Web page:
As a finance controller, I was recognized for successfully partnering with Operations and Sales and was recommended to be part of a Global Transformation team in Houston, the US in 2015. The team should handle the key role of change management for finance and non-finance stakeholders to deploy a new SAP platform.
Later, I become a Business Insight Manager and interacted with Executive Management to design and maintain vital business reports. It was an important role in integrating data from multiple ERP systems to enhance decision-making with real-time data.
When did you first hear about the term business partnering?
In the later part of 2010, when I was offered the position of Finance Controller in Tehran, Iran. Schlumberger had emphasized the role of the business partner in our induction. These were the early days when Schlumberger was carving out this role. The emphasis was on influencing the performance metrics of the business moving on from the siloed role of only publishing cashflow and profitability etc.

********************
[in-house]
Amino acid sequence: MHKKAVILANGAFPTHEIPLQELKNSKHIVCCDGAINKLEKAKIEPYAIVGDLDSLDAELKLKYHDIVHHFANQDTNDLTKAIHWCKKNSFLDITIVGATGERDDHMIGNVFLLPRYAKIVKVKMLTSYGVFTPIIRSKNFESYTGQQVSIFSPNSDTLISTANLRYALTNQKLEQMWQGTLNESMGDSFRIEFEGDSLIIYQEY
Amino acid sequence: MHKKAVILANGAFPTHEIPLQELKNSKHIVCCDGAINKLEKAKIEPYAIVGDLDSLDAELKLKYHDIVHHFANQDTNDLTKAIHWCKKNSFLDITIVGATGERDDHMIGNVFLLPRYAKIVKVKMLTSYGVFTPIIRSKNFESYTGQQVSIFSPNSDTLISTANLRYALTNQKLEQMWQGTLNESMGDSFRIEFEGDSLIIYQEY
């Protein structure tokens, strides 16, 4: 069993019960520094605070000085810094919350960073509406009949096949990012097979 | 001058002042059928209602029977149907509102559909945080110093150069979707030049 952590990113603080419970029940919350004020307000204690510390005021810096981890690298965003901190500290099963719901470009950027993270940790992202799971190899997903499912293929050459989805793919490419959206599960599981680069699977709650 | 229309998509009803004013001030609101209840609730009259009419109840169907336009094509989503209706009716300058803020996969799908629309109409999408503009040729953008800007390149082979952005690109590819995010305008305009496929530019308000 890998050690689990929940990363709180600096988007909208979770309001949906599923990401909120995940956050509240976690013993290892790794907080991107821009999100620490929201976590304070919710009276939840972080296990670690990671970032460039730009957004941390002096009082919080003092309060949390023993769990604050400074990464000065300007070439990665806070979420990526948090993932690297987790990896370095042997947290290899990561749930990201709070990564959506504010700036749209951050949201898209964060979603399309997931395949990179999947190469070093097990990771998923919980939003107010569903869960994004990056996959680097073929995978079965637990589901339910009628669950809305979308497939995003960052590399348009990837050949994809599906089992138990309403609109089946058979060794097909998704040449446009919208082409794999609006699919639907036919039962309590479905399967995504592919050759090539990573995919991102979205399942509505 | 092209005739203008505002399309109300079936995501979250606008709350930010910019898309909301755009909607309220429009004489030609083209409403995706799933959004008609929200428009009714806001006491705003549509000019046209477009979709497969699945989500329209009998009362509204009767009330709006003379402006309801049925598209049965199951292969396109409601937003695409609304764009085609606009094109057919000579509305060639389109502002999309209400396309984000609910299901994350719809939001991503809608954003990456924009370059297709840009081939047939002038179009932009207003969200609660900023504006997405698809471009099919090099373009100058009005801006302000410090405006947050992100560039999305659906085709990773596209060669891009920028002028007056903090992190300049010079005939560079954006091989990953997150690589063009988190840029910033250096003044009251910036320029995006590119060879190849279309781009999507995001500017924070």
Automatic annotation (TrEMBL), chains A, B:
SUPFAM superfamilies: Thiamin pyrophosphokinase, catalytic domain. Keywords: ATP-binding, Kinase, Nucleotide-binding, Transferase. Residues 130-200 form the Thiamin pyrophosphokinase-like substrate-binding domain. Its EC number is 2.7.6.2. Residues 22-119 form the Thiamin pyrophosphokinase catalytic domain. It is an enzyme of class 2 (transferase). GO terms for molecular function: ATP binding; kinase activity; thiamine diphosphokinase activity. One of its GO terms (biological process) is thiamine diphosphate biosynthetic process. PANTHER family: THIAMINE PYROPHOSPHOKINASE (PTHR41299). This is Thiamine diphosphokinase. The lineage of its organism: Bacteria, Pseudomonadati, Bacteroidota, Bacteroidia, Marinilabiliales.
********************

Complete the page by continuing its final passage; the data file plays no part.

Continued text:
Was it before or after you had actually done business partnering/worked as a business partner?
It was about 6 months before I took the position as a business partner I heard about this concept in the making.
Could you describe in simple terms what business partnering means to you?
Firstly, it is moving out of the comfort of reporting the numbers at the month-end and being passive. More so though it is coming out of the silo of Finance to spend time on understanding the business and its core drivers. It is engaging with other stakeholders including operations and supply chain daily and influencing decisions whereby moving overall performance metrics in the right direction.